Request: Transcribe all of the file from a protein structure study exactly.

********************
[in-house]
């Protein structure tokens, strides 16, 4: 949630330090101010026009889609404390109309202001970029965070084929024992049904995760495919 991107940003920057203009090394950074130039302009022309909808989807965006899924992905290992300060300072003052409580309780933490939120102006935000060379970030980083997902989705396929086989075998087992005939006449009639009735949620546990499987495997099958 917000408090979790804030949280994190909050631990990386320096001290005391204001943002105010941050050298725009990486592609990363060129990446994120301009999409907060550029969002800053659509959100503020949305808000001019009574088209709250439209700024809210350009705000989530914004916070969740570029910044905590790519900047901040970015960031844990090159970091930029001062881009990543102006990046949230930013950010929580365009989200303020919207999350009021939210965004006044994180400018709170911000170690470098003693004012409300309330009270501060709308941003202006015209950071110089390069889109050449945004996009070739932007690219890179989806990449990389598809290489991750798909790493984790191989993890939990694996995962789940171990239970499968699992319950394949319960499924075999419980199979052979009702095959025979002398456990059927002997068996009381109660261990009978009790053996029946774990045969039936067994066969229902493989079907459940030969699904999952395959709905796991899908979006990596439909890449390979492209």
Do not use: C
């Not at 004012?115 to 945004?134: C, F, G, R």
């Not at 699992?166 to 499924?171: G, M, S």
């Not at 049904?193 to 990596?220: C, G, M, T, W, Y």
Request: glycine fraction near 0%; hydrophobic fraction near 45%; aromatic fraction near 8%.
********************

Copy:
[in-house]
């Protein structure tokens, strides 16, 4: 949630330090101010026009889609404390109309202001970029965070084929024992049904995760495919 991107940003920057203009090394950074130039302009022309909808989807965006899924992905290992300060300072003052409580309780933490939120102006935000060379970030980083997902989705396929086989075998087992005939006449009639009735949620546990499987495997099958 917000408090979790804030949280994190909050631990990386320096001290005391204001943002105010941050050298725009990486592609990363060129990446994120301009999409907060550029969002800053659509959100503020949305808000001019009574088209709250439209700024809210350009705000989530914004916070969740570029910044905590790519900047901040970015960031844990090159970091930029001062881009990543102006990046949230930013950010929580365009989200303020919207999350009021939210965004006044994180400018709170911000170690470098003693004012409300309330009270501060709308941003202006015209950071110089390069889109050449945004996009070739932007690219890179989806990449990389598809290489991750798909790493984790191989993890939990694996995962789940171990239970499968699992319950394949319960499924075999419980199979052979009702095959025979002398456990059927002997068996009381109660261990009978009790053996029946774990045969039936067994066969229902493989079907459940030969699904999952395959709905796991899908979006990596439909890449390979492209």
Do not use: C
């Not at 004012?115 to 945004?134: C, F, G, R």
């Not at 699992?166 to 499924?171: G, M, S």
């Not at 049904?193 to 990596?220: C, G, M, T, W, Y």
Request: glycine fraction near 0%; hydrophobic fraction near 45%; aromatic fraction near 8%.